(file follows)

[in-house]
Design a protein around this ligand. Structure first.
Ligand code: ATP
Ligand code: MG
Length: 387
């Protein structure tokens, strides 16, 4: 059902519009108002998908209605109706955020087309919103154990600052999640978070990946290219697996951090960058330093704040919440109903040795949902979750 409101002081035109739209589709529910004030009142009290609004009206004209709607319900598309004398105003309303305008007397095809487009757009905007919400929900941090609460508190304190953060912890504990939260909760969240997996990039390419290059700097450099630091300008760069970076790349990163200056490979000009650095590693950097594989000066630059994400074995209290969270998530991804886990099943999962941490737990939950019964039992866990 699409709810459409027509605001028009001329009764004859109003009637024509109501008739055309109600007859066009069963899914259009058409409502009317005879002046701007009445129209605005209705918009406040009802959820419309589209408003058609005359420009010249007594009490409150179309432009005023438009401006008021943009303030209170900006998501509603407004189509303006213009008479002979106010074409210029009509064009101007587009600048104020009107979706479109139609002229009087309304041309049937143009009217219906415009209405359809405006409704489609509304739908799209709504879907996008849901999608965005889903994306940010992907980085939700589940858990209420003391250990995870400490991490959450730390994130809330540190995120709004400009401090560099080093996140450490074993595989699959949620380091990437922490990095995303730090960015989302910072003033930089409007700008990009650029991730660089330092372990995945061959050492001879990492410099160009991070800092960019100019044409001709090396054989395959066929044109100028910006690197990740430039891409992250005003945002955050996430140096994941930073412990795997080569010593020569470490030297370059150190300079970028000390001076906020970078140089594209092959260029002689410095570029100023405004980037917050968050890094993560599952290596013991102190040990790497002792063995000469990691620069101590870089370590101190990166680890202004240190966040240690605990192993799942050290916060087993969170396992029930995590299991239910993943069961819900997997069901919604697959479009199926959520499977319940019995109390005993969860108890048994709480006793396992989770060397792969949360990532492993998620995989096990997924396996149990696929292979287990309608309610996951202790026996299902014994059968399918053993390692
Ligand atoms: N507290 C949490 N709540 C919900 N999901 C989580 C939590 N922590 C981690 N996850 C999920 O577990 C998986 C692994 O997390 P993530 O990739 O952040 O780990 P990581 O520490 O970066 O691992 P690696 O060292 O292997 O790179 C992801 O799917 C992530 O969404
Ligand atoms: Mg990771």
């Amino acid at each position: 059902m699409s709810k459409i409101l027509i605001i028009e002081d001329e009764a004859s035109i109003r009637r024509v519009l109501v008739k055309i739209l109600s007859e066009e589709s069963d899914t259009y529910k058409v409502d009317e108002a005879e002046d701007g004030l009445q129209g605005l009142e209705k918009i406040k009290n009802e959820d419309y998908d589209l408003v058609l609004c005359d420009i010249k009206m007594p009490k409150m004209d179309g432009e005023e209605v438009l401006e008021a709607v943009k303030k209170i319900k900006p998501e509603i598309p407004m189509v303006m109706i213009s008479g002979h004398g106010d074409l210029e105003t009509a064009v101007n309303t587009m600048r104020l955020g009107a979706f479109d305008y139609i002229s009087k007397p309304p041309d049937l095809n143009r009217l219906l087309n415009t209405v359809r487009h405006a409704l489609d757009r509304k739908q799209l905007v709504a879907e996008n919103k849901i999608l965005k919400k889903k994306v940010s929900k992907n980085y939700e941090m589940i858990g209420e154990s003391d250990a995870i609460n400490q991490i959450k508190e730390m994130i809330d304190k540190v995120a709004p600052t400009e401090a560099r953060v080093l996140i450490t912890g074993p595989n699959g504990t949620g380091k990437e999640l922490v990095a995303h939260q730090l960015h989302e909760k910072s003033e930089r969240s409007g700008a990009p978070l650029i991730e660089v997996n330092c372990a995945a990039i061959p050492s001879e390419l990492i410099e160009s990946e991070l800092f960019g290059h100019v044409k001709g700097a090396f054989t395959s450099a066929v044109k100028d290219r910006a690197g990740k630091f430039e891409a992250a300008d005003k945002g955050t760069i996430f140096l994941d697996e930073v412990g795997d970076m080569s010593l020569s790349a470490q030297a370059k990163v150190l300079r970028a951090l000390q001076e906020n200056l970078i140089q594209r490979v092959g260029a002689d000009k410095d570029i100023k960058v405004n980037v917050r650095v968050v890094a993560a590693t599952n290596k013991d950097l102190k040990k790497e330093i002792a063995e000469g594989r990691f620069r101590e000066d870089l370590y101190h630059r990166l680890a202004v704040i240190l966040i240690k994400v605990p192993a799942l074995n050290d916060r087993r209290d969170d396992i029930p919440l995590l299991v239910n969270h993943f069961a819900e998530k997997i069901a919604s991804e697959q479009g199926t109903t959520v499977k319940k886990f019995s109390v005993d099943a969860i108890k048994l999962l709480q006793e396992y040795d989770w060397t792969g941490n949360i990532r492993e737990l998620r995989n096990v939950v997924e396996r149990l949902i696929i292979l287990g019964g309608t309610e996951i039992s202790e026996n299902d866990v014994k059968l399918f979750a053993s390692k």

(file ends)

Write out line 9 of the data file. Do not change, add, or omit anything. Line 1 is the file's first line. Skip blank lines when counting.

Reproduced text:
């Amino acid at each position: 059902m699409s709810k459409i409101l027509i605001i028009e002081d001329e009764a004859s035109i109003r009637r024509v519009l109501v008739k055309i739209l109600s007859e066009e589709s069963d899914t259009y529910k058409v409502d009317e108002a005879e002046d701007g004030l009445q129209g605005l009142e209705k918009i406040k009290n009802e959820d419309y998908d589209l408003v058609l609004c005359d420009i010249k009206m007594p009490k409150m004209d179309g432009e005023e209605v438009l401006e008021a709607v943009k303030k209170i319900k900006p998501e509603i598309p407004m189509v303006m109706i213009s008479g002979h004398g106010d074409l210029e105003t009509a064009v101007n309303t587009m600048r104020l955020g009107a979706f479109d305008y139609i002229s009087k007397p309304p041309d049937l095809n143009r009217l219906l087309n415009t209405v359809r487009h405006a409704l489609d757009r509304k739908q799209l905007v709504a879907e996008n919103k849901i999608l965005k919400k889903k994306v940010s929900k992907n980085y939700e941090m589940i858990g209420e154990s003391d250990a995870i609460n400490q991490i959450k508190e730390m994130i809330d304190k540190v995120a709004p600052t400009e401090a560099r953060v080093l996140i450490t912890g074993p595989n699959g504990t949620g380091k990437e999640l922490v990095a995303h939260q730090l960015h989302e909760k910072s003033e930089r969240s409007g700008a990009p978070l650029i991730e660089v997996n330092c372990a995945a990039i061959p050492s001879e390419l990492i410099e160009s990946e991070l800092f960019g290059h100019v044409k001709g700097a090396f054989t395959s450099a066929v044109k100028d290219r910006a690197g990740k630091f430039e891409a992250a300008d005003k945002g955050t760069i996430f140096l994941d697996e930073v412990g795997d970076m080569s010593l020569s790349a470490q030297a370059k990163v150190l300079r970028a951090l000390q001076e906020n200056l970078i140089q594209r490979v092959g260029a002689d000009k410095d570029i100023k960058v405004n980037v917050r650095v968050v890094a993560a590693t599952n290596k013991d950097l102190k040990k790497e330093i002792a063995e000469g594989r990691f620069r101590e000066d870089l370590y101190h630059r990166l680890a202004v704040i240190l966040i240690k994400v605990p192993a799942l074995n050290d916060r087993r209290d969170d396992i029930p919440l995590l299991v239910n969270h993943f069961a819900e998530k997997i069901a919604s991804e697959q479009g199926t109903t959520v499977k319940k886990f019995s109390v005993d099943a969860i108890k048994l999962l709480q006793e396992y040795d989770w060397t792969g941490n949360i990532r492993e737990l998620r995989n096990v939950v997924e396996r149990l949902i696929i292979l287990g019964g309608t309610e996951i039992s202790e026996n299902d866990v014994k059968l399918f979750a053993s390692k």